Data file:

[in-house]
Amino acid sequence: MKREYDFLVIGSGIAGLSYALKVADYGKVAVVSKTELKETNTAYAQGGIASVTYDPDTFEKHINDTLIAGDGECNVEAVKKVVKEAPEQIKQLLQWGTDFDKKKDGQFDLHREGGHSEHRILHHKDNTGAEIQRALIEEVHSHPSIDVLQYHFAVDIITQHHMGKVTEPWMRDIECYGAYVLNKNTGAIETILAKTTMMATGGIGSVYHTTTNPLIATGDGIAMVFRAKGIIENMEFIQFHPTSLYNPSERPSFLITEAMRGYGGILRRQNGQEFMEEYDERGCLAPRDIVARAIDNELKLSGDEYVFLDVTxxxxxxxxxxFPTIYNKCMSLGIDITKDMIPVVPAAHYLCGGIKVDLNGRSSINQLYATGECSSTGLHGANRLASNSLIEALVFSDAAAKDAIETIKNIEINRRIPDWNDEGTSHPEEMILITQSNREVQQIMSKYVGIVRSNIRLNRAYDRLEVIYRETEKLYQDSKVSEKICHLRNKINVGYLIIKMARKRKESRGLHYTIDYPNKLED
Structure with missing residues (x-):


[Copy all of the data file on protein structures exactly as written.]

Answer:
[in-house]
Amino acid sequence: MKREYDFLVIGSGIAGLSYALKVADYGKVAVVSKTELKETNTAYAQGGIASVTYDPDTFEKHINDTLIAGDGECNVEAVKKVVKEAPEQIKQLLQWGTDFDKKKDGQFDLHREGGHSEHRILHHKDNTGAEIQRALIEEVHSHPSIDVLQYHFAVDIITQHHMGKVTEPWMRDIECYGAYVLNKNTGAIETILAKTTMMATGGIGSVYHTTTNPLIATGDGIAMVFRAKGIIENMEFIQFHPTSLYNPSERPSFLITEAMRGYGGILRRQNGQEFMEEYDERGCLAPRDIVARAIDNELKLSGDEYVFLDVTxxxxxxxxxxFPTIYNKCMSLGIDITKDMIPVVPAAHYLCGGIKVDLNGRSSINQLYATGECSSTGLHGANRLASNSLIEALVFSDAAAKDAIETIKNIEINRRIPDWNDEGTSHPEEMILITQSNREVQQIMSKYVGIVRSNIRLNRAYDRLEVIYRETEKLYQDSKVSEKICHLRNKINVGYLIIKMARKRKESRGLHYTIDYPNKLED
Structure with missing residues (x-):